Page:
Paranoiac (1963)

Oliver Reed stars in Hammer's superbly written thriller, from director Freddie Francis. From Universal R1 Hammer Horror Series boxset.

The Film

After the sucess of Hitchcock's Psycho (1960) and Clouzot's Les Diaboliques (1955), Hammer comissioned their script writer Jimmy Sangster to write a thriller film in the same vein, and thus was born Taste of Fear (1961) which performed very well at the box office, both in Britain and America. When their big period horror, Phantom of the Opera (1962), made poor returns, the studio was almost brought to its knees and needed some quick and cheap productions to re-establish the company name in the X-rated horror markets - Jimmy Sangster was commissioned to write three thrillers, which became - Maniac (1963), Nightmare (1964) and Paranoiac...

The Ashby family are attending the anniversary of their parent's death, the unsettled Eleanor Ashby starts to become distraught when she sees a mysterious figure watching her from the back of the church and becomes convinced that it is her long lost brother Tony, who died eight years ago after the death of their parents. Her brother, the callous and heavy drinking Simon Ashby (Oliver Reed) visits their estate lawyer - the two children are soon to inherit their parent's fortune and he is suspicious that the lawyer has been stealing from the accounts. However, everything is turned around when Eleanor is saved from drowning by a man who claims to be Tony Ashby...
The story is based on the novel Brat Farrar by mystery writer Josephine Tey and was adapted by Jimmy Sangster who had made his name scripting Hammer's gothic horrors Curse of Frankenstein (1957) and Horror of Dracula (1958), and as with these adaptations, he has considerably changed some key points from the book, completely shifting the narrative and putting the emphasis on the mystery of Tony's identity, which is revealed from the start in the novel. Instead of the fantasy tones of his earlier productions, Sangster has crafted a wonderfully unpredictable and tense thriller, eschewing the unnecessary action scenes that many thrillers use to keep the audience watching - instead he keeps the film flowing thanks to the cleverly twisting, yet always plausible storyline, that builds up to a very fitting conclusion.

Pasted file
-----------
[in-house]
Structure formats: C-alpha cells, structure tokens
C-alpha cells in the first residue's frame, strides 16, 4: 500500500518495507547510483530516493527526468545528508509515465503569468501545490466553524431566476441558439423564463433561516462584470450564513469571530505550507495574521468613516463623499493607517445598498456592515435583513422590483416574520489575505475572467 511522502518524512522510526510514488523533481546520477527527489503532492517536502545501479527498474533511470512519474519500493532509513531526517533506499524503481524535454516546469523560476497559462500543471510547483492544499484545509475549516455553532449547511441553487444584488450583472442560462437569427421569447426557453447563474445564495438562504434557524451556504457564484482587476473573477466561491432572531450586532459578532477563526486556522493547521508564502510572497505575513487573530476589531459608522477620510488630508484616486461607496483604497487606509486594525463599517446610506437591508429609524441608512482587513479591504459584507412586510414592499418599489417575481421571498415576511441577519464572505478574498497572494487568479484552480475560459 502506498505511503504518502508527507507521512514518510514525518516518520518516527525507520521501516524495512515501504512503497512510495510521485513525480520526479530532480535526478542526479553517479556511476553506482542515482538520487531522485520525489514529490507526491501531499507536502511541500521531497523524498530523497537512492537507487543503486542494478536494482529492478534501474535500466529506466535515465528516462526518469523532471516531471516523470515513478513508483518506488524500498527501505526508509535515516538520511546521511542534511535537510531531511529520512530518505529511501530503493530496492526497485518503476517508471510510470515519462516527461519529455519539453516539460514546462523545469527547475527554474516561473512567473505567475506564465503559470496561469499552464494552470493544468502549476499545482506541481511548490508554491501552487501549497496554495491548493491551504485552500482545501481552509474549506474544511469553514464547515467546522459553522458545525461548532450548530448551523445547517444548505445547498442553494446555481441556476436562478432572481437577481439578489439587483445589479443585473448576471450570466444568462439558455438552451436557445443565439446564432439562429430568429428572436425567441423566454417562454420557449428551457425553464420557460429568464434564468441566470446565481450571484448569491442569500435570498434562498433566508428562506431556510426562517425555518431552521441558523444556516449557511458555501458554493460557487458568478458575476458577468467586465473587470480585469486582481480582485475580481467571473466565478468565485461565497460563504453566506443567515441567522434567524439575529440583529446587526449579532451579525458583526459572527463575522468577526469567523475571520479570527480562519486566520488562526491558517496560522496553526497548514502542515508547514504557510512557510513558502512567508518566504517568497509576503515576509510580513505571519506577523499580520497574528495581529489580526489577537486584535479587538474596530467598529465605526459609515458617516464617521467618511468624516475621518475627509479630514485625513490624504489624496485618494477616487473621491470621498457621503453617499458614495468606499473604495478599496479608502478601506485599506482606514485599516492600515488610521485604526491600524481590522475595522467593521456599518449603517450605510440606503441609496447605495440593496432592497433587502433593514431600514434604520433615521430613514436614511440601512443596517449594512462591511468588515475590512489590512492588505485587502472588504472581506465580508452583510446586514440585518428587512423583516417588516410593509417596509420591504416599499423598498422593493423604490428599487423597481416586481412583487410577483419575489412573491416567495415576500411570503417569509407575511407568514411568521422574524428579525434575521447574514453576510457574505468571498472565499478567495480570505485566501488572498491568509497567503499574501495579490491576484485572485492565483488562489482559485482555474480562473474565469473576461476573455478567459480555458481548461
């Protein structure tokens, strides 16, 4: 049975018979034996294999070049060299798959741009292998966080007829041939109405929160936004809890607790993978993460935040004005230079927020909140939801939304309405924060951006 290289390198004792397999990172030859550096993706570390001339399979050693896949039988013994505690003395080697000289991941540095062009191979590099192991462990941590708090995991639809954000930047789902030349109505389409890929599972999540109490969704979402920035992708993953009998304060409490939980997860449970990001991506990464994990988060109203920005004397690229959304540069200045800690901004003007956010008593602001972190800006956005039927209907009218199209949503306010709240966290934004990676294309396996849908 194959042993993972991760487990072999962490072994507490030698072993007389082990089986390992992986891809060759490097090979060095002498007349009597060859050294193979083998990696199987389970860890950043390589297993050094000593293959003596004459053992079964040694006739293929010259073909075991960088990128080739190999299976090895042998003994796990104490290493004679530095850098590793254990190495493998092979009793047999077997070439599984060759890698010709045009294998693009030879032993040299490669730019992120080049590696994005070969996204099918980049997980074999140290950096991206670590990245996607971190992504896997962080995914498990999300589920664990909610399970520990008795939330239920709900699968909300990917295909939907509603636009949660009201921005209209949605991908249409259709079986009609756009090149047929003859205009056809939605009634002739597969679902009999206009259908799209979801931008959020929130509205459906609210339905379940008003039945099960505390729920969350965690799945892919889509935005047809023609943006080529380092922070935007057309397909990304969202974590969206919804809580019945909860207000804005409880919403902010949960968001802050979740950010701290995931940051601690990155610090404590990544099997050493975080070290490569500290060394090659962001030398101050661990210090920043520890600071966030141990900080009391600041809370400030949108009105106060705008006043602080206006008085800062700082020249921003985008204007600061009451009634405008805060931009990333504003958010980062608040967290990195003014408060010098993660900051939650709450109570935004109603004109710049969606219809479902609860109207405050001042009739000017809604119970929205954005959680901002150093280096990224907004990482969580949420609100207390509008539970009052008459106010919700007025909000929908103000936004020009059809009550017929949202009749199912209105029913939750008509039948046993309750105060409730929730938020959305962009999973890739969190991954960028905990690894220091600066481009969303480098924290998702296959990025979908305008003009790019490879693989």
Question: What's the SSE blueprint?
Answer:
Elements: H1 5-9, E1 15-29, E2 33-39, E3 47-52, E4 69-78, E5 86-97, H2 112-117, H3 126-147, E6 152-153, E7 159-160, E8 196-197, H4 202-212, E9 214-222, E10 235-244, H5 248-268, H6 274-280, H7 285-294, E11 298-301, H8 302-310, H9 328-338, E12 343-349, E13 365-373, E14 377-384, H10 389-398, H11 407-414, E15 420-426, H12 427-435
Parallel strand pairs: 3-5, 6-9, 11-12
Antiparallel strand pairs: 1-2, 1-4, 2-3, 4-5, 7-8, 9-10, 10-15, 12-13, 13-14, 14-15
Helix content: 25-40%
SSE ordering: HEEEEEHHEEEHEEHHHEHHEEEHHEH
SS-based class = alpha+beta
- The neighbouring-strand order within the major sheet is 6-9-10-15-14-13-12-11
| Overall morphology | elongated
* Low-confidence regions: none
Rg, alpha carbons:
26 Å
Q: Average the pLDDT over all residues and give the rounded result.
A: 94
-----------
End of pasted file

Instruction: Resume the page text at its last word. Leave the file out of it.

Director Freddie Francis had gained one of his early cinematography credits on Hammer's disturbing
Never Take Sweets from a Stranger (1959). Paranoiac makes his first directoral credit for the studio, and he really demonstrates the experience that being an Oscar winning cinematographer (Sons and Lovers (1960)) brings to the role - using the scope frame to its maximum throughout the production to show characters moving in and out of the shot and keep the frame continually changing - avoiding the film slowing down during the often quite lengthy and important dialogue scenes. It was a skill that he put to good use in a variety of similar films during the 1960s, but was sadly underused by the later Hammer gothic horrors. The look of the film is only let down slightly by a few rather dodgy rear-projection effects, but these are very limited. The light soundtrack is from occasional Hammer and Amicus composer Elisabeth Lutyens and suits the film well.
Oliver Reed began his career with Hammer, making his first leading role in the impressive Curse of the Werewolf (1961) - here he gives a masterful performance in a role that could easily have given way to overacting. Curiously he is second billed to Janette Scott who plays the traumatised Eleanor Ashby and gives an equally strong performance. None of the Hammer regulars are present, but there are a couple of familiar faces in the cast, and generally good performances all round.

Smartly written and well directed, Paranoiac is further boosted by an outstanding performance from Oliver Reed, and ranks as one of Hammer's most acomplished films. A million miles from their better known gothic horrors, it will certainly appeal to those fans who like exploring Hammer's lesser known productions, and fans of twisting thrillers will find plenty to enjoy here - only fans of the novel Brat Farrar might be disappointed, as the screenplay alters a lot of key ideas. Generally recommended.

In brief:

Anyone famous in it? Oliver Reed - big name British star who started his career with Hammer, best known for Gladiator (2000).
Directed by anyone interesting? Freddie Francis - an Oscar winning cinematographer who spent two decades working on cult British and German films, from Dr. Terror's House of Horrors (1965) to Legend of the Werewolf (1975).
Is it scary?There are several very creepy sequences
Any violence? Some deaths, nothing explicitly violent.
Any sex? No
Who is it for?
Fans of psychological thrillers and the non-gothic horror Hammer films should find plenty to enjoy here.


Visuals Original Aspect Ratio  - 2.35:1. Anamorphically Enhanced. Black & White.
A strong print with good dead, almost no print damage and only mild grain.
Audio Original English mono - Dolby Digital - sounds great, no hiss.
Subtitles English HOH, Spanish and French.
Extras None.
      AvailabilityOnly available as part of the Hammer Horror Series boxset.
      Region Region 1 - NTSC
      Other regions? None known.
      Cuts? Believed to be fully uncut. Print used is English language.



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      All text in this review written by Timothy Young - 25th June 2007.
      Text from this review not to be used without authorization.

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